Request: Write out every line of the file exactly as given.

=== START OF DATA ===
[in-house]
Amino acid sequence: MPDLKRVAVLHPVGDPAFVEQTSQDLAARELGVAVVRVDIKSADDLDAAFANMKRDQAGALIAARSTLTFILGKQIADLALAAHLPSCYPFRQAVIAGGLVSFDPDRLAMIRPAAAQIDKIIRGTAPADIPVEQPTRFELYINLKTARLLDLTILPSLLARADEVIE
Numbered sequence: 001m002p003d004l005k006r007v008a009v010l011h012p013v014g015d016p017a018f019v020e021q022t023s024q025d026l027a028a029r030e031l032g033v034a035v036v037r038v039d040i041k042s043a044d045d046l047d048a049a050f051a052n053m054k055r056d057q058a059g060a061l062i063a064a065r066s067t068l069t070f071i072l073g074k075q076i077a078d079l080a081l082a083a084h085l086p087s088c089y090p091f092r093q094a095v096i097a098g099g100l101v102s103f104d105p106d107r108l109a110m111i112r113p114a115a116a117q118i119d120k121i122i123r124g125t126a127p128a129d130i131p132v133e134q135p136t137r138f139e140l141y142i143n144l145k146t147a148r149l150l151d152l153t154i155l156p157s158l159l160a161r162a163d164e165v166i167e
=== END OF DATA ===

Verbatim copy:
[in-house]
Amino acid sequence: MPDLKRVAVLHPVGDPAFVEQTSQDLAARELGVAVVRVDIKSADDLDAAFANMKRDQAGALIAARSTLTFILGKQIADLALAAHLPSCYPFRQAVIAGGLVSFDPDRLAMIRPAAAQIDKIIRGTAPADIPVEQPTRFELYINLKTARLLDLTILPSLLARADEVIE
Numbered sequence: 001m002p003d004l005k006r007v008a009v010l011h012p013v014g015d016p017a018f019v020e021q022t023s024q025d026l027a028a029r030e031l032g033v034a035v036v037r038v039d040i041k042s043a044d045d046l047d048a049a050f051a052n053m054k055r056d057q058a059g060a061l062i063a064a065r066s067t068l069t070f071i072l073g074k075q076i077a078d079l080a081l082a083a084h085l086p087s088c089y090p091f092r093q094a095v096i097a098g099g100l101v102s103f104d105p106d107r108l109a110m111i112r113p114a115a116a117q118i119d120k121i122i123r124g125t126a127p128a129d130i131p132v133e134q135p136t137r138f139e140l141y142i143n144l145k146t147a148r149l150l151d152l153t154i155l156p157s158l159l160a161r162a163d164e165v166i167e